Help for Pet Firework Fears: 10 Tips For Your Scared Dog & Fraidy Cat

Pet noise phobias include being scared of thunderstorms and–of course pet firework fears. Many of the tips for noise fears apply, no matter the cause. Thunder can be hard to predict, though, and at least with pet firework fears, we know in advance that July 4 and New Years fireworks will be an issue.

scared dog

Trembling, crouching, and lip licking can be signs of fear.


I write about pet firework fears every year at this time. But each of these 10 tips for your scared dog or cat can make a positive difference in your best friend’s life. It HURTS to be frightened, and makes us feel bad when pets are upset.

Fireworks from July 4th celebration may be festive to you, but can turn your pets into nervous wrecks. More cats and dogs—and even livestock like horses—become lost on this day than any other when pets panic, go through windows, break tethers and leap fences.

scared cat

Scared cats crouch and may hide under the bed.

Even safely contained pets shiver, moan, and feel worse with each noisy boom. You may not see quivering scaredy-cats but the stress from noise phobia increases risk of hit-or-miss litter box behavior.

It can take weeks or even months for desensitization and counter-conditioning techniques to teach fearful pets that noises won’t hurt them. With July 4th right around the corner, refer to these 10 tips for more immediate help.

pet fireworks fears

Throw a “thunder-party” with treats for each “boom.”

10 Tips For Pet Fireworks Fears

  • Scared animals calm themselves down by squeezing into tight spots and hiding their eyes. For instance, your dog wriggles between the sofa and wall, while kitty hides her face in your armpit. Offer your pets safe hiding place and let them be.
  • Avoid sympathetic baby-talk that rewards the fear. When you get upset or coddle your cat and dog during fireworks, you tell them they have good reason to be scared. Instead, be matter of fact. When it “booms” you can acknowledge the noise, “That was loud. But it doesn’t bother me, see? It shouldn’t bother you.”
  • Anti-anxiety training tools can help. Anxiety Wrap and Thundershirt are types of dog “vests” the pet wears that apply pressure to his body, and seem to calm fear in pets. They have Thundershirt for cats, too.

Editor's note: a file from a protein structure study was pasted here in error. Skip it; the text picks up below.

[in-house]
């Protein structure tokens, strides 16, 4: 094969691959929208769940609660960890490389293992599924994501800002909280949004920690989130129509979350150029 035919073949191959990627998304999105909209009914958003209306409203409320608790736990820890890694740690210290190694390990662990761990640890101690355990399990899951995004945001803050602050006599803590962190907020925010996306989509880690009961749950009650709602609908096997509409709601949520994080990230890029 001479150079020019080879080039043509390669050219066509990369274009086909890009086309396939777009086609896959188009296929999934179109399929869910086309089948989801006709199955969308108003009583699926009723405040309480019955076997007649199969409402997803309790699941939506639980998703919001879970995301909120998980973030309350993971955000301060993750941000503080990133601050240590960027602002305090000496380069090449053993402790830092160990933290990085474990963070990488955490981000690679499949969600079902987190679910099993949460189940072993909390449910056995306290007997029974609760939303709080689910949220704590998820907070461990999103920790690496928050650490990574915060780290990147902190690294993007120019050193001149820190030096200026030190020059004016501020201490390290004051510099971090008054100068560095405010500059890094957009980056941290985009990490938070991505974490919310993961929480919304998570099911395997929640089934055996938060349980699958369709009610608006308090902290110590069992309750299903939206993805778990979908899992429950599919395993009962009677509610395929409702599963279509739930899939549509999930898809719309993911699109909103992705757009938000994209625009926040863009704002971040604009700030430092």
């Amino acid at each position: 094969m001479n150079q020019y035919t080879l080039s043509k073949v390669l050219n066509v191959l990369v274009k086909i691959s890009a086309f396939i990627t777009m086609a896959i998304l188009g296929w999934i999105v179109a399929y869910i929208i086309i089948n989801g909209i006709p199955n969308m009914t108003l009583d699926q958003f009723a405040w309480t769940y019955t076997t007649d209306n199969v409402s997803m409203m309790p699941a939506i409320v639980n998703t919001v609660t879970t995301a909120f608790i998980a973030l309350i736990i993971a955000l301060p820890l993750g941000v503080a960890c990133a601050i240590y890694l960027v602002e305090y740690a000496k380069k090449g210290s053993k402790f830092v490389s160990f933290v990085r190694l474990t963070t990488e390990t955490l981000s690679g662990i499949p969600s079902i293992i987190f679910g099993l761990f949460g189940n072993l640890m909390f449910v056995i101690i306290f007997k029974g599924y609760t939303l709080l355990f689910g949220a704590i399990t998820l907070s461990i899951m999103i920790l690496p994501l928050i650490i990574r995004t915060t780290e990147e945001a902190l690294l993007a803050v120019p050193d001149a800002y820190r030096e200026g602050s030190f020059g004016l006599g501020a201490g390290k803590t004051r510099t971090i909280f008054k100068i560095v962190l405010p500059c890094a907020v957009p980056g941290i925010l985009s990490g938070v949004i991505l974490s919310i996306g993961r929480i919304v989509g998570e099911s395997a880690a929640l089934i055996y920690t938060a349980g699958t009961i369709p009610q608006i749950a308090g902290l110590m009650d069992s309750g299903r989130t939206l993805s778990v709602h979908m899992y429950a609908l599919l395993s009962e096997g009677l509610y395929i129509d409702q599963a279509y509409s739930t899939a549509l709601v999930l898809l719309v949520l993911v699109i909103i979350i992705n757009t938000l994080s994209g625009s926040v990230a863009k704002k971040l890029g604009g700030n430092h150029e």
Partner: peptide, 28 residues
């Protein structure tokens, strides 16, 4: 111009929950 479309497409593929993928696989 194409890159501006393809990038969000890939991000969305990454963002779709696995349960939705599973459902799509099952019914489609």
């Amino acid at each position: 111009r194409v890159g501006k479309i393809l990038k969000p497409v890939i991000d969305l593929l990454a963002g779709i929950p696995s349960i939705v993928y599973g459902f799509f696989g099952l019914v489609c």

• Cover up the sound with white noise. Use a white noise machine or a radio tuned to static works well.
  • Play soothing music. Harp music has a unique sedative effect on pets, because the rhythms and sounds mimic brain waves and help calm the fear. Harp music may prompt you to nap, too. I’m a fan of PetPause.
pet fireworks fears

Get kitty “drunk” on catnip…

  • Pheromone products also relieve fear and anxiety in pets. Comfort Zone with DAP (dog appeasing pheromone) works well for noise-phobic dogs—it’s produced by mom-dogs when they nurse pups and sooths dogs of any age. The product for cats, Feliway, relieves the cat’s anxiety about her territory because it’s similar to the cheek-pheromone that relieves kitty stress. Both DAP and Feliway come as sprays or plug-in diffusers and the dog product also comes as a collar. The spray can be used every one to two hours on bedding or a bandana the pet wears. You can also get the Sentry Calming Collars for both dogs and cats that also use the mother’s pheromone.
  • Just as human babies may be soothed by a car ride, a road trip may soothe pets that enjoy the car and take their mind off the noise. Just be sure your cat or dog LIKES car rides, and is safely secured in a carrier or restraint in the back seat during the ride.
  • The brain can’t think when in a state of panic. But the opposite holds true as well—when thinking, the brain won’t go nutso and turn your pet into a shrieking escape artist. So just before the fireworks start, drill your dog—or your cat—on favorite commands and tricks with lots of special yummy rewards or games. Continue the games throughout and throw a happy-dance party for him staying calm.
  • Whatever you do, be sure that your precious pet stays safe. Bring outdoor pets inside the garage or the house during the July 4th Provide a crate or confinement in a pet-proofed room.
  • Move horses into secure fenced areas—or better—barns that will safely contain a frantic animal without chance of injury. And just in case, be sure all your precious pets are microchipped or have other permanent and reliable identification for recovery if they do the desperado dash when the rocket’s red glare fill the sky.